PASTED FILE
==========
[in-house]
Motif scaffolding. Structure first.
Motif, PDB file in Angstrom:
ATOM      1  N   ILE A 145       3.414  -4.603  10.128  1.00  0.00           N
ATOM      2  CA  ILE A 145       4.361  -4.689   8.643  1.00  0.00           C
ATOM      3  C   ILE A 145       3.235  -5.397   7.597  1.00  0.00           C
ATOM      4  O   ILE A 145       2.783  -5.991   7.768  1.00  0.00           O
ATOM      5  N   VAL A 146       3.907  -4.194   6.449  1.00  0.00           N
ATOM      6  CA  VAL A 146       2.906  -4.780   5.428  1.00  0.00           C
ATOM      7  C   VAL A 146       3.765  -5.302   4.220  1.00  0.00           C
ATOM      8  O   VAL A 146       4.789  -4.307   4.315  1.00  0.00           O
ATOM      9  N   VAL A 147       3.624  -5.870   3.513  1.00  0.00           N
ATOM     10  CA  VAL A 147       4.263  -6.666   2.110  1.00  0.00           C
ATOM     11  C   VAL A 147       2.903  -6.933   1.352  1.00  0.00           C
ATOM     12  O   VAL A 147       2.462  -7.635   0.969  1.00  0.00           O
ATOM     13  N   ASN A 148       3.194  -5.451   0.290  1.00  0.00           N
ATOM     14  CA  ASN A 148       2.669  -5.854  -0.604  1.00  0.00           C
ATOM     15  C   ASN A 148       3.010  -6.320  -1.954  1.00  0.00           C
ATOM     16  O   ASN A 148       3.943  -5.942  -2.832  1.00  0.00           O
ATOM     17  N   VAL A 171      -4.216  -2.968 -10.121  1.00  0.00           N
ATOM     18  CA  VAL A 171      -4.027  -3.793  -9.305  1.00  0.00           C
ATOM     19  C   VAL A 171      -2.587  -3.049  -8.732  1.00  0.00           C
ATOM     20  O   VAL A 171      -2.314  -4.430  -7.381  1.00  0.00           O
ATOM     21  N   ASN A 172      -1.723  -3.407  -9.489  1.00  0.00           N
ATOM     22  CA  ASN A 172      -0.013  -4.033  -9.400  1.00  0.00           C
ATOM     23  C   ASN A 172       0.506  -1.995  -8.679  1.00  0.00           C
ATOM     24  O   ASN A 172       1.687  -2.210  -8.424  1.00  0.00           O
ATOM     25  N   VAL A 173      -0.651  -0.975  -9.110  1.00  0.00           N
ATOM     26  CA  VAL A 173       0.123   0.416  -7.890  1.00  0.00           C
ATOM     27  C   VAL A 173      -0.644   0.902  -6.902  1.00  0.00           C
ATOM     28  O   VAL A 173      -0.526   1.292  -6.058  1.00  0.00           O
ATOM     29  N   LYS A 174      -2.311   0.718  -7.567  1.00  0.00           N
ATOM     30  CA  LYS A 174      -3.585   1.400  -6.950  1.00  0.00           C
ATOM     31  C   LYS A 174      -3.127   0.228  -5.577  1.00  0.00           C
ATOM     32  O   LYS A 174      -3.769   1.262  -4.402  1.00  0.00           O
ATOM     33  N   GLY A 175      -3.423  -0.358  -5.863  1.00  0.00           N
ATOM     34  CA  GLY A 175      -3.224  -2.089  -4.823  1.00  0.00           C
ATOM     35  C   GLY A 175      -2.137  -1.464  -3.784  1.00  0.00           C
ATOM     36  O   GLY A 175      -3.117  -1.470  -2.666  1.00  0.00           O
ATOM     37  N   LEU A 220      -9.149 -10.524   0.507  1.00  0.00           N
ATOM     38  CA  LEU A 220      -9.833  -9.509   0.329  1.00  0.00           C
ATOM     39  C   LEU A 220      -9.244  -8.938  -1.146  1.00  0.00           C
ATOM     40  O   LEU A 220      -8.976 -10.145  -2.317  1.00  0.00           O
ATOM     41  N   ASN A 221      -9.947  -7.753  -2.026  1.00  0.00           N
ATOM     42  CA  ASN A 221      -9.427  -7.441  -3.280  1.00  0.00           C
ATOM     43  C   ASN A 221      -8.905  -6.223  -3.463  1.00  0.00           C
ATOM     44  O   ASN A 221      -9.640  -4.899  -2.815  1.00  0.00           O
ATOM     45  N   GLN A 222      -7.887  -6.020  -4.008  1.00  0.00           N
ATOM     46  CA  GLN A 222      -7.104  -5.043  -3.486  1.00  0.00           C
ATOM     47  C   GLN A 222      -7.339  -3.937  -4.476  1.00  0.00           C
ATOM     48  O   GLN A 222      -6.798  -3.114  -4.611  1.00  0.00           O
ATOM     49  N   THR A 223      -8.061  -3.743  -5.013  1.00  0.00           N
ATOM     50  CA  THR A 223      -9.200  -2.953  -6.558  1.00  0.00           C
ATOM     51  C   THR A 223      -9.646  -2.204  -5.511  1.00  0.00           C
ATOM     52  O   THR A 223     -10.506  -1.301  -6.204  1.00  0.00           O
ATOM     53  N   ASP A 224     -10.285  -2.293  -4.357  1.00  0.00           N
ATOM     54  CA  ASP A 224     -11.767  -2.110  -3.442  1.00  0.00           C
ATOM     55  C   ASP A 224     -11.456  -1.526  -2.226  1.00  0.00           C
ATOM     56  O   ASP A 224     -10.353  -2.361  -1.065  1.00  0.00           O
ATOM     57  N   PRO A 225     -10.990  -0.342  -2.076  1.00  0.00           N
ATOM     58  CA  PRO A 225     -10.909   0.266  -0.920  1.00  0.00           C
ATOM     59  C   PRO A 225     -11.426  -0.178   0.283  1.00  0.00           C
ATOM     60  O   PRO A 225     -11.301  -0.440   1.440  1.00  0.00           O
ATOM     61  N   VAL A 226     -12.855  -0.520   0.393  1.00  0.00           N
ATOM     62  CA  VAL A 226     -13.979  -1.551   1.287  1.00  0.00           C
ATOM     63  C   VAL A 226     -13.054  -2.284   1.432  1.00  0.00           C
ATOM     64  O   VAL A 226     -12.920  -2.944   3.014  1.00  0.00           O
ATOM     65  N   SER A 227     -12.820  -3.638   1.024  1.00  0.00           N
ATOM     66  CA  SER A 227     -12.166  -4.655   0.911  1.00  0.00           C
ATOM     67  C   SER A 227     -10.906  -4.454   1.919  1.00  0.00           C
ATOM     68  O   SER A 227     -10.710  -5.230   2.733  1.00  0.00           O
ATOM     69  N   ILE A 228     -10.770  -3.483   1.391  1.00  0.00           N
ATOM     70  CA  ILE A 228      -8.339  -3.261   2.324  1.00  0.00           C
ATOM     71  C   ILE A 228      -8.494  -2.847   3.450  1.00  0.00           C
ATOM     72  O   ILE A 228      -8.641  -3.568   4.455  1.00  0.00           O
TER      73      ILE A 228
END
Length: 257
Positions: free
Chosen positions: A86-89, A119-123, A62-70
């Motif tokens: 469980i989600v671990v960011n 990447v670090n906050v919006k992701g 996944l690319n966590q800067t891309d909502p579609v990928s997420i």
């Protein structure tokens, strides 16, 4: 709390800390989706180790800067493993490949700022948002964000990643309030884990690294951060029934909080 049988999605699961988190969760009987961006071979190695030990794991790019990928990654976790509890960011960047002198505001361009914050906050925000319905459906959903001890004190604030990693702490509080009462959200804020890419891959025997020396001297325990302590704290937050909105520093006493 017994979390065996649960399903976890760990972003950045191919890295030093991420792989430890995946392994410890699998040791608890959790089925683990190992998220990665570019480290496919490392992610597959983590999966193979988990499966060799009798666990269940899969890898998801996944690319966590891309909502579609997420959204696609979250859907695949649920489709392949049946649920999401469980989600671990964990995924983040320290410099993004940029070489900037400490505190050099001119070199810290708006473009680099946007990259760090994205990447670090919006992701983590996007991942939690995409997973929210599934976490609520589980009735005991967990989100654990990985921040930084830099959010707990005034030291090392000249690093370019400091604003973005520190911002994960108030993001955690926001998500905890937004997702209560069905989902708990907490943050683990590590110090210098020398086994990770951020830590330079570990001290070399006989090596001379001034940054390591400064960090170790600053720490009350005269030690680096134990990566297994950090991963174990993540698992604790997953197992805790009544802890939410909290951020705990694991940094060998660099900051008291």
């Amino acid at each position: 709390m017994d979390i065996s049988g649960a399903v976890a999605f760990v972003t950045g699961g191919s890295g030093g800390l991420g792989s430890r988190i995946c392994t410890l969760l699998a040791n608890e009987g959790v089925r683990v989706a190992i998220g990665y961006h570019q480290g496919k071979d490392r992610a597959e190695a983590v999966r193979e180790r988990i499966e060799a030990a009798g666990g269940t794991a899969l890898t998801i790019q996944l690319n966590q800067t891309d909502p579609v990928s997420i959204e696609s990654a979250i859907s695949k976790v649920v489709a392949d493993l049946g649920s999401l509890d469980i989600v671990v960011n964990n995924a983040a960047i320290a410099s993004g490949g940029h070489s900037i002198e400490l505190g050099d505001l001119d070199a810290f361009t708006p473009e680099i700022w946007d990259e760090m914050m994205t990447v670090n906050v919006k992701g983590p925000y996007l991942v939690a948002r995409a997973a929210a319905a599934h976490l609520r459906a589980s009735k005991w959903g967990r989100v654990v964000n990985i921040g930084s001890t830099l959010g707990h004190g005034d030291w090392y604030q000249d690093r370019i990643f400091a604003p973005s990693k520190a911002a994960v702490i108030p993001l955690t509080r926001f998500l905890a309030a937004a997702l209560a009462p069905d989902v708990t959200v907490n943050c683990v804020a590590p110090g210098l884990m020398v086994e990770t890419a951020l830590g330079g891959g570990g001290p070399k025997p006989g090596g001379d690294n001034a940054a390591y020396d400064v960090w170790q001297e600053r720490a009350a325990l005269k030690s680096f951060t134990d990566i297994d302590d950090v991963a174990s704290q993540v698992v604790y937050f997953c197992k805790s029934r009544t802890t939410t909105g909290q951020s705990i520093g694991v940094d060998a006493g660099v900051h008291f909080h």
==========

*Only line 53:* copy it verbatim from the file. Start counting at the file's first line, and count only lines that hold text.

ATOM     50  CA  THR A 223      -9.200  -2.953  -6.558  1.00  0.00           C